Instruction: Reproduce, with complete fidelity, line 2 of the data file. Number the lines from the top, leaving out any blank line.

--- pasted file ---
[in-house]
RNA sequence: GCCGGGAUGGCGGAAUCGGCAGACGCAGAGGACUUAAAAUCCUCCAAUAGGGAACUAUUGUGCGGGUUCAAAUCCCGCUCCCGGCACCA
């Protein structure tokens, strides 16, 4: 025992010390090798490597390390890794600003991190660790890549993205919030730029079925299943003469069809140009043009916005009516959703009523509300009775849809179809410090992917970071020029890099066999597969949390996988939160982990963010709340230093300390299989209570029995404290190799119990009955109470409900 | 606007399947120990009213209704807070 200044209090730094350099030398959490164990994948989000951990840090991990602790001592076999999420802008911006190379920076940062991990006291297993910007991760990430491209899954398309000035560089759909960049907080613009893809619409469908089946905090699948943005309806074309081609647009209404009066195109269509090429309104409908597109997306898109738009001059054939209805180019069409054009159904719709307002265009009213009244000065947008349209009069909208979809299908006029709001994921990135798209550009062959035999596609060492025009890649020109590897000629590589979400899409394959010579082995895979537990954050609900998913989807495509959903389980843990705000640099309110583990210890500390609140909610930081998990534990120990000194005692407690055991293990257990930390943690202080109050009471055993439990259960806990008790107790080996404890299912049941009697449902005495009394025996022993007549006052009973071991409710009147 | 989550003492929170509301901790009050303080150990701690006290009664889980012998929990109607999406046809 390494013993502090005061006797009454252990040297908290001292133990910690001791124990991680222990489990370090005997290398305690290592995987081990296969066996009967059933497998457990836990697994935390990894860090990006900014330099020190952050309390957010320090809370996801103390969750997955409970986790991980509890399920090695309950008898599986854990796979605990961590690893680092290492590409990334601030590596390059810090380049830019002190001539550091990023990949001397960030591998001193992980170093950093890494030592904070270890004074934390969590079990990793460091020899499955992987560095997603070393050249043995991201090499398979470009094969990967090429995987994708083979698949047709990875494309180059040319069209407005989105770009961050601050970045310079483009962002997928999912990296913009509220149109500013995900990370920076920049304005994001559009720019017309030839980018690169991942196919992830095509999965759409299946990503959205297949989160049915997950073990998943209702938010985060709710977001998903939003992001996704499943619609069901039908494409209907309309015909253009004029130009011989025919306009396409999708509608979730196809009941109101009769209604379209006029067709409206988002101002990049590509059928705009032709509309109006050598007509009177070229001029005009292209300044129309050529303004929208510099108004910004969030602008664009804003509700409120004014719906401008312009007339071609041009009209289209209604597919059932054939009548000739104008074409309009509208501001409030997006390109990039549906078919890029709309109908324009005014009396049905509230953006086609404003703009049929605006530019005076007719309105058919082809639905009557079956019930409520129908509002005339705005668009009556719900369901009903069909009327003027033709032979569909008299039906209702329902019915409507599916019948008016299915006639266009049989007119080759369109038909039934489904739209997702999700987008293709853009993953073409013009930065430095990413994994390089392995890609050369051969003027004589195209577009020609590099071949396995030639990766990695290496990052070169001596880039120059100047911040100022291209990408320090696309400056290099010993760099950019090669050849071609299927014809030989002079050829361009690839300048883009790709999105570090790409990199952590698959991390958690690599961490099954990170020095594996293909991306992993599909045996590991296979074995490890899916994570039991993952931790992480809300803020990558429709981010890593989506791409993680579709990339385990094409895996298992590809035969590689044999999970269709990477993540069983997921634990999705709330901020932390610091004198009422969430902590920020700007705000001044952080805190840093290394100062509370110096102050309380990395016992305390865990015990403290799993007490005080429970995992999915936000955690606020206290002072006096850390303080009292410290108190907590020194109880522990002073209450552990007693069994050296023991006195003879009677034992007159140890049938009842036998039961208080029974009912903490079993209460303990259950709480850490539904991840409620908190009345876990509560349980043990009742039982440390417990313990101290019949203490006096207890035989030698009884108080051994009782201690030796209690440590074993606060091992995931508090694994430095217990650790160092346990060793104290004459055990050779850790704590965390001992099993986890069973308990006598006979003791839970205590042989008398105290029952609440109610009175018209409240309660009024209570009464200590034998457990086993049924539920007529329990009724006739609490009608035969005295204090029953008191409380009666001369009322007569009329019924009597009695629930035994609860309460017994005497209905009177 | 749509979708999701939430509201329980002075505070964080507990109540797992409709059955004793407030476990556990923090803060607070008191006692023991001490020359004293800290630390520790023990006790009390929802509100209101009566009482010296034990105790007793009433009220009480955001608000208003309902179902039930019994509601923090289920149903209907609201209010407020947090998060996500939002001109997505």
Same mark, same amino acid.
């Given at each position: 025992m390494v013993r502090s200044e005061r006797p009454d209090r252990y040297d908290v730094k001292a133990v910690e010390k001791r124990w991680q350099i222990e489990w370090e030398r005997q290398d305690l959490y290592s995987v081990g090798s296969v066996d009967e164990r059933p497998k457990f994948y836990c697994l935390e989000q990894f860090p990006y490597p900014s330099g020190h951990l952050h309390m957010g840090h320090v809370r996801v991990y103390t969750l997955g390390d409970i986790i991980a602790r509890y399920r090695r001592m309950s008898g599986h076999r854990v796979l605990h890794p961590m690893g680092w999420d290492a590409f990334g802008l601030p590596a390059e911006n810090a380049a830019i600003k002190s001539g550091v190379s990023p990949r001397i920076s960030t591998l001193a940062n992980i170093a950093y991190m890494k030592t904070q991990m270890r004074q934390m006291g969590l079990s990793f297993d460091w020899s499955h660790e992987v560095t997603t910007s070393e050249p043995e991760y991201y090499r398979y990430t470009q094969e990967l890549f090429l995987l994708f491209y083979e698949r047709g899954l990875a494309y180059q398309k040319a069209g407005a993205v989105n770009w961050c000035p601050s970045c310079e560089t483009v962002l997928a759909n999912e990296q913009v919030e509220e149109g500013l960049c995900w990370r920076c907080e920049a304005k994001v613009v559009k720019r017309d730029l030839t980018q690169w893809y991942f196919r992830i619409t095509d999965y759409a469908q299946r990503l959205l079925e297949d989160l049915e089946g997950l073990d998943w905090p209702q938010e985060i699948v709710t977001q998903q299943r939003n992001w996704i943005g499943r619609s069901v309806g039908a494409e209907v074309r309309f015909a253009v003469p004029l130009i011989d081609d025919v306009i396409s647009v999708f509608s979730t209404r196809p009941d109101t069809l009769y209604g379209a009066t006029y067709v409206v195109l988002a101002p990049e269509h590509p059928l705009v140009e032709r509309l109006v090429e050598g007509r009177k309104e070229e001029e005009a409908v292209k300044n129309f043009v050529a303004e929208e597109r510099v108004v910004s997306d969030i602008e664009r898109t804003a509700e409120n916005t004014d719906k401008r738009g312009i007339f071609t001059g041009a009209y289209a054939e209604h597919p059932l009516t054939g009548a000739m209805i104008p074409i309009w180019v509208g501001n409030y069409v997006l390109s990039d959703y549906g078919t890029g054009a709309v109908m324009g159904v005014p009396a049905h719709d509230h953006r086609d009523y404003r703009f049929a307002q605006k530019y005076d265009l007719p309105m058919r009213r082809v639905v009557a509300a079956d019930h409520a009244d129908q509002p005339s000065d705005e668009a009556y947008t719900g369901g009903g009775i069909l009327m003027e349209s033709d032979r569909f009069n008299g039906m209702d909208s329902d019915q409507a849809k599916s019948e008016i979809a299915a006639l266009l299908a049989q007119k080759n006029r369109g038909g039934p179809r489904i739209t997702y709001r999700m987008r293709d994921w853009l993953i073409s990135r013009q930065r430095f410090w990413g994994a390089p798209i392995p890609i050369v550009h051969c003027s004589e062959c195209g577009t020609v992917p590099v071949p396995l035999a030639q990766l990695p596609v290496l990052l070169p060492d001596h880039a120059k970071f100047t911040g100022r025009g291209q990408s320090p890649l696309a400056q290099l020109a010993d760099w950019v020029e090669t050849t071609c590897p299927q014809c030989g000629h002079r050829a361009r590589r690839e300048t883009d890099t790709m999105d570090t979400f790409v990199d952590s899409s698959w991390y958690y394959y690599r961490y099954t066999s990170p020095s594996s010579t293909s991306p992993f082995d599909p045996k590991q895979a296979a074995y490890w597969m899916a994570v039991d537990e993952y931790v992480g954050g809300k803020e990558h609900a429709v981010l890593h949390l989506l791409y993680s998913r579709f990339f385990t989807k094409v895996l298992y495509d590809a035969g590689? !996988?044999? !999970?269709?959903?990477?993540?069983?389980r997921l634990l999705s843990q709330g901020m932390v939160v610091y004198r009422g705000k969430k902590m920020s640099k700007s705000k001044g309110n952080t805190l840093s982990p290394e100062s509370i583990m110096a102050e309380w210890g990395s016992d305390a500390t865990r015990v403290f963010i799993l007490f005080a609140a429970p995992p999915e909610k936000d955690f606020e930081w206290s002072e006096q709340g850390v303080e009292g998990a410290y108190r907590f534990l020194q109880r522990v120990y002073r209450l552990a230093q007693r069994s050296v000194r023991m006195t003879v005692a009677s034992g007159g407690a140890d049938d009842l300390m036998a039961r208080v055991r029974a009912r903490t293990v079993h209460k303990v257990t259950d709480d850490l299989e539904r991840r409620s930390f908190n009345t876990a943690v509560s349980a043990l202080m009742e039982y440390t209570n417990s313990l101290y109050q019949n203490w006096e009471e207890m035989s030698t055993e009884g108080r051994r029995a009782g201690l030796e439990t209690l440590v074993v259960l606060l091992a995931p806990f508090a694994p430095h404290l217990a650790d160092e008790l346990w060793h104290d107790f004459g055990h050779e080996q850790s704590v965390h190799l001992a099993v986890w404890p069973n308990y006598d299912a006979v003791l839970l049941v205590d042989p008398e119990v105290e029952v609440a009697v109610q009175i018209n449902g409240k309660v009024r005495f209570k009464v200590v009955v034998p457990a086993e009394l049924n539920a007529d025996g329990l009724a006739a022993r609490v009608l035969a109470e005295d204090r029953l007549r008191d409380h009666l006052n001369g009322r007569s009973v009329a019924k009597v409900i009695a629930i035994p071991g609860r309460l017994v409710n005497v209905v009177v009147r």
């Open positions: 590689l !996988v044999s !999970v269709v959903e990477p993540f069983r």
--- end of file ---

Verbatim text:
RNA sequence: GCCGGGAUGGCGGAAUCGGCAGACGCAGAGGACUUAAAAUCCUCCAAUAGGGAACUAUUGUGCGGGUUCAAAUCCCGCUCCCGGCACCA